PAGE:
Skift Take

Today’s edition of Skift’s daily podcast looks at an exceptional hotel earnings season, surging last-minute vacation rental bookings, and U.S. tourism's sustainability marketing problem.

Series: Skift Daily Briefing

Skift Daily Briefing Podcast

Listen to the day’s top travel stories in under four minutes every weekday.

Learn More

Good morning from Skift. It’s Monday, February 27. Here’s what you need to know about the business of travel today.

Listen Now

🎧 Subscribe

Apple Podcasts | Spotify | Overcast | Google Podcasts

Episode Notes

Hotel executives are riding high after a largely stellar earnings season that reflected surging travel demand. And they’re bullish on the good times continuing in 2023, reports Senior Hospitality Editor Sean O’Neill in this week’s Early Check-in column.

O’Neill writes many executives believe a possible recession won’t hurt the hotel industry partly because of changing consumer behavior. Hilton CEO Christopher Nassetta said more
consumers are shifting their spending to experiences. MGM Resorts President and CEO Bill Hornbuckle also expressed optimism about a strong 2023. He said the company is confident about setting revenue records this March.

Next, short-term rental providers are seeing a surge in discounted last-minute bookings. That’s a trend more companies are looking to cash in on, writes Short-term Rentals Reporter Srividya Kalyanaraman.

Online travel marketplace Getawaygogo is one company optimistic that the trend of last-minute bookings will endure. Users can only book stays only 14 days in advance, which founder Bradley den Dulk said enables the company to offer deep discounts. Kalyanarman cites a study that revealed a 17 percent reduction in average daily rates for last minute reservations in the U.S. Meanwhile, William Parry, CEO of London-based property management company Altido, said it’s not unusual to see discounts of up to 60 percent on last-minute bookings.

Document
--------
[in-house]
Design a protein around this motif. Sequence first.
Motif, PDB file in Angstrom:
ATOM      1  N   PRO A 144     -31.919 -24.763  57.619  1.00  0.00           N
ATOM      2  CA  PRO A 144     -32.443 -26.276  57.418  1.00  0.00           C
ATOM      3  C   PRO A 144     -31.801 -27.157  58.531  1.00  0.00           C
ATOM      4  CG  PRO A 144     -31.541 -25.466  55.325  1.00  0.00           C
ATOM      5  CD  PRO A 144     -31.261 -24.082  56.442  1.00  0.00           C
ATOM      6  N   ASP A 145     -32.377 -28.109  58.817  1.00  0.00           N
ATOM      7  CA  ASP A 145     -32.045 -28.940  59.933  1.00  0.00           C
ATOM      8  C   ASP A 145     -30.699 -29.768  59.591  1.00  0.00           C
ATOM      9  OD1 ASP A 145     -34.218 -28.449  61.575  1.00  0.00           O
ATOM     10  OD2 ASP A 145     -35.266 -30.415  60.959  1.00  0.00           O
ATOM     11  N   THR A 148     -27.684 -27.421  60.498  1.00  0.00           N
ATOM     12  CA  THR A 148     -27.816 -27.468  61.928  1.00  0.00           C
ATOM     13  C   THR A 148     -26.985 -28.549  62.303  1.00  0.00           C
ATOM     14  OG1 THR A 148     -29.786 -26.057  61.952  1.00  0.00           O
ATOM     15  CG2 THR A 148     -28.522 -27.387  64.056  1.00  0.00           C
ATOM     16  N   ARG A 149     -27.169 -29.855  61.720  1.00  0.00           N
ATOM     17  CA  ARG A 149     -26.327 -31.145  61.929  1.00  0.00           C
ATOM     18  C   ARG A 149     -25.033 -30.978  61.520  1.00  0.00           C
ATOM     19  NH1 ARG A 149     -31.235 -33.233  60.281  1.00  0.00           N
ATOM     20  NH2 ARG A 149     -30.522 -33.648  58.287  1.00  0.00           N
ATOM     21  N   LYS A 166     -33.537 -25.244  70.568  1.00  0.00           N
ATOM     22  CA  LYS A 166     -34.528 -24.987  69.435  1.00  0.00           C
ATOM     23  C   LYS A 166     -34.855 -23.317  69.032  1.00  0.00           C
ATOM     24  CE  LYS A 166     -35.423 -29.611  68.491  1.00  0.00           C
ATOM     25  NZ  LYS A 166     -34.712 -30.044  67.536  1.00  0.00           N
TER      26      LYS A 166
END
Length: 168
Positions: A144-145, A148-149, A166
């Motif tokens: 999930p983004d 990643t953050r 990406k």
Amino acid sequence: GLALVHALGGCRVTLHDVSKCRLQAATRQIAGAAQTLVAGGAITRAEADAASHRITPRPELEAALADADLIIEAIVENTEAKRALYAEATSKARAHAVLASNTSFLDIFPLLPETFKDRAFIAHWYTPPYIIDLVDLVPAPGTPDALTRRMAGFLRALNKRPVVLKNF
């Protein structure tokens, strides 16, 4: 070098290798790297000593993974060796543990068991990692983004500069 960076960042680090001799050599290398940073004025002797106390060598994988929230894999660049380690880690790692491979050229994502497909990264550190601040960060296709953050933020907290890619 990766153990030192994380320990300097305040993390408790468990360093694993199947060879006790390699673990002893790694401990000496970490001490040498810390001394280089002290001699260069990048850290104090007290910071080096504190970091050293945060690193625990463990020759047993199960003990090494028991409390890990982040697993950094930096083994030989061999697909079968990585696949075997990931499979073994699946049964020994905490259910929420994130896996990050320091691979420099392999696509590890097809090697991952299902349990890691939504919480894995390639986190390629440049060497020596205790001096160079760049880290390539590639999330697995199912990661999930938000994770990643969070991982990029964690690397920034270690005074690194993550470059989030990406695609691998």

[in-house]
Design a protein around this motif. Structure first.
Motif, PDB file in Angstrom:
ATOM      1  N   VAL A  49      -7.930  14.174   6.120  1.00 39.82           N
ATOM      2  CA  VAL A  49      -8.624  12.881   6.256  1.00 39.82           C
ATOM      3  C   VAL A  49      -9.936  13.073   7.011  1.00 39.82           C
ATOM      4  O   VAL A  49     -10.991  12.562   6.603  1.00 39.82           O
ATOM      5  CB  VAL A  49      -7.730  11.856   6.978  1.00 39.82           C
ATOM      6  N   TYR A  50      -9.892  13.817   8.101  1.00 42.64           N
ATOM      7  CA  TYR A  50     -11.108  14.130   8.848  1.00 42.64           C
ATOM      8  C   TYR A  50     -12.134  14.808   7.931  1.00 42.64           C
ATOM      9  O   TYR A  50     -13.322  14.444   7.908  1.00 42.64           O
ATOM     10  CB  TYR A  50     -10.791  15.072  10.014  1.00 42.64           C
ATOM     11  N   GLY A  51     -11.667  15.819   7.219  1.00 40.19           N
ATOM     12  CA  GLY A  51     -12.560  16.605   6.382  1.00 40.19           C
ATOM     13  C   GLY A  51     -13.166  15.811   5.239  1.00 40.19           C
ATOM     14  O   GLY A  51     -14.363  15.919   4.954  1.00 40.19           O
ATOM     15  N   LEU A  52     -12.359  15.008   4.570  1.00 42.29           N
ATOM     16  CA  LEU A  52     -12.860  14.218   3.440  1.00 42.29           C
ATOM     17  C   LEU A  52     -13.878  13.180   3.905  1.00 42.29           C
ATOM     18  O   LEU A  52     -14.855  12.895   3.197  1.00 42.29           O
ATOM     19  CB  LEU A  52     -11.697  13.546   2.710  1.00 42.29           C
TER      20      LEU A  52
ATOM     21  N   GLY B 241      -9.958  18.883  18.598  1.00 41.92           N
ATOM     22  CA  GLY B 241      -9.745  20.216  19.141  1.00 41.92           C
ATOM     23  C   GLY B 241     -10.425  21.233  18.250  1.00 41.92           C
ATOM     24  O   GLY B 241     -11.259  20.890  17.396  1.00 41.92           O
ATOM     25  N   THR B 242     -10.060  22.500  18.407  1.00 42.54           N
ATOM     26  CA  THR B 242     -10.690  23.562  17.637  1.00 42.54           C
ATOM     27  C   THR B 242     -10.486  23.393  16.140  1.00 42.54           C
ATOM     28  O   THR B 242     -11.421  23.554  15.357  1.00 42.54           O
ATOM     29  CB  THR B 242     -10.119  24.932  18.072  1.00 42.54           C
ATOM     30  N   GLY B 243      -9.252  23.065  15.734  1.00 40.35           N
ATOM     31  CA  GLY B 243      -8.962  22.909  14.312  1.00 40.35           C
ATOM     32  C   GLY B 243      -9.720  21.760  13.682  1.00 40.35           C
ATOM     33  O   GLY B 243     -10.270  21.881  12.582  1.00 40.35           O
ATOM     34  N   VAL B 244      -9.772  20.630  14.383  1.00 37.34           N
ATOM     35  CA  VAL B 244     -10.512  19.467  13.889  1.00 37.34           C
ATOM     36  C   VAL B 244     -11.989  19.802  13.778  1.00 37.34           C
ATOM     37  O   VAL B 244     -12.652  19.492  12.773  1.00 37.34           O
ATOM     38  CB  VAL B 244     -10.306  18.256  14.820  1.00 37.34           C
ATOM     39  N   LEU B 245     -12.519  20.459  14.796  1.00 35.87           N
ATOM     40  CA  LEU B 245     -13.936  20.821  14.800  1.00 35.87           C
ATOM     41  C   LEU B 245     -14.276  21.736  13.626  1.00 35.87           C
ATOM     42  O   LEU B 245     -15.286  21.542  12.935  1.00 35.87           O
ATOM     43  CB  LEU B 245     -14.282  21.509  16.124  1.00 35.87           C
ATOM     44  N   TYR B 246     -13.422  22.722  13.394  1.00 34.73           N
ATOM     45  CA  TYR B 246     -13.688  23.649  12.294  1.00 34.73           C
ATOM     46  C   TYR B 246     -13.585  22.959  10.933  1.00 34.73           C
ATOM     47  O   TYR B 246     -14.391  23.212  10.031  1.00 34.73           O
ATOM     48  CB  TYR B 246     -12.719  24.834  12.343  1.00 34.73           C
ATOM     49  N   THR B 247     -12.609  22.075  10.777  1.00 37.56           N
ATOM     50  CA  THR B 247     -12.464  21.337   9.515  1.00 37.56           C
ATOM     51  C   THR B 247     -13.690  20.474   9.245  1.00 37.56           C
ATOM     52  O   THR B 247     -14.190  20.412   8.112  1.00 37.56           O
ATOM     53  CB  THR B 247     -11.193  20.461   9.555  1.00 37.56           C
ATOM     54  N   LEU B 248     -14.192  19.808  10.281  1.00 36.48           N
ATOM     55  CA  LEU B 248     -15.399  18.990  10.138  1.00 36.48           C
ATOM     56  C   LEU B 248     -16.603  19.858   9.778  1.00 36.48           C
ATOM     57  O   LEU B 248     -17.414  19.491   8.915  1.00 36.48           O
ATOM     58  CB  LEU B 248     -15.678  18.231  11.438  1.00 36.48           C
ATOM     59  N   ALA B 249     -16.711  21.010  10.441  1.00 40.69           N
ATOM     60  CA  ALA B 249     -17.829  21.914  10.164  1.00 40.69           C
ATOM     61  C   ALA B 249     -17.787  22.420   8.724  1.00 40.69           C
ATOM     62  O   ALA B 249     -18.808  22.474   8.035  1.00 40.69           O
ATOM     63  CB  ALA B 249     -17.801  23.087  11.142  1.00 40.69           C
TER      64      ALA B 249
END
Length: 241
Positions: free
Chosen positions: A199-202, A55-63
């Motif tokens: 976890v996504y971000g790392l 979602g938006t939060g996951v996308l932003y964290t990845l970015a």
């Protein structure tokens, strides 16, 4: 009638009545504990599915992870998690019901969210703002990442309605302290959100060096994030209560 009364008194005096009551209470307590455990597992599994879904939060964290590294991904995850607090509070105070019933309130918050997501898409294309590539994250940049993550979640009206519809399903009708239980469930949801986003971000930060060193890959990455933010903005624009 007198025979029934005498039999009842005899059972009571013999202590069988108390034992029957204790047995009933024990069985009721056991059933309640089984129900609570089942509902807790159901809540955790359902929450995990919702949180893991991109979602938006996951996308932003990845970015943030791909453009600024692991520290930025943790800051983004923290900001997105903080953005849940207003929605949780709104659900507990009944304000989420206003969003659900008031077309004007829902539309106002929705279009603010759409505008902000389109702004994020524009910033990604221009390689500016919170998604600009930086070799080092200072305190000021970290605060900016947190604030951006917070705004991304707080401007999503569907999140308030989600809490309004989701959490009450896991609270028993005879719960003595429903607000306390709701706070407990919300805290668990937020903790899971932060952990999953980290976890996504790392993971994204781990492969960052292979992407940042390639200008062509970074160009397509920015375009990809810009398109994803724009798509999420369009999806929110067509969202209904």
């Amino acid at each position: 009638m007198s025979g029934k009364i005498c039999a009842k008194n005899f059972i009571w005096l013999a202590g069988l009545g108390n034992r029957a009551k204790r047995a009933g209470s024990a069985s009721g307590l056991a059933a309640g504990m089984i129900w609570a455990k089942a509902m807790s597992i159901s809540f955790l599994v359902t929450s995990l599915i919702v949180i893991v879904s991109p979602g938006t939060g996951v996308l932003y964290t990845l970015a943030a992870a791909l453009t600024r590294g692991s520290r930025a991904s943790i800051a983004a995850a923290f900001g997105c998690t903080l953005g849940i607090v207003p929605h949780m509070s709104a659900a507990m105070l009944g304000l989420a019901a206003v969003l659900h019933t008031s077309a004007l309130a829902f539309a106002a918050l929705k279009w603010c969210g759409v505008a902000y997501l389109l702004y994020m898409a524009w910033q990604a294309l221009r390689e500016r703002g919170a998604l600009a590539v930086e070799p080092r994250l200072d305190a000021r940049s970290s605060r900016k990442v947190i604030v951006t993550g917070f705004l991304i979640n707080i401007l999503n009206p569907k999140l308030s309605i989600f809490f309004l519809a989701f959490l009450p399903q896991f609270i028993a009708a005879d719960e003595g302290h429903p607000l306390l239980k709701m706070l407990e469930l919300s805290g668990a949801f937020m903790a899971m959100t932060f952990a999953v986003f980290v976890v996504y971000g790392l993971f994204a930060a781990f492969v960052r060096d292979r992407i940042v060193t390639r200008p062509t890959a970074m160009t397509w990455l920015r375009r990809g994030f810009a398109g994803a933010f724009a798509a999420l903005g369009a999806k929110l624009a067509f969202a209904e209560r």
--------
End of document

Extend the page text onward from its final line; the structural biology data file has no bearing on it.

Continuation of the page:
However, some analysts believe major industry giants like Airbnb and VRBO aren’t concerned about the rise of platforms like Getawaygogo. Kalyanaraman notes travelers considering Airbnb aren’t generally looking for discounts.

Finally, U.S. tourism authorities are adamant that the country has made progress becoming a greener destination. However, they’ve done a poor job relaying that message to European travelers seeking sustainable travel options, writes Global Tourism Reporter Dawit Habtemariam.

Peter van Berkel, chair of the International Inbound Travel Association, admitted the U.S. has a sustainability perception problem with European tourists. He added that some potential visitors wrongly believe the U.S. is very little compared to Europe regarding sustainability. Habtemariam writes that perception could be a reason why European visitation to the U.S. has been slow to recover from the pandemic. A recent survey found roughly 70 percent of travelers are actively looking to travel more sustainably.

Van Berkel called on the U.S. travel industry to raise awareness of its sustainability success stories. He cited the U.S. National Park Service installing charging stations for electric vehicles as one example.

Have a confidential tip for Skift? Get in touch

Tags: hilton, short-term rentals, skift podcast, vacation rentals

Up Next

Loading next stories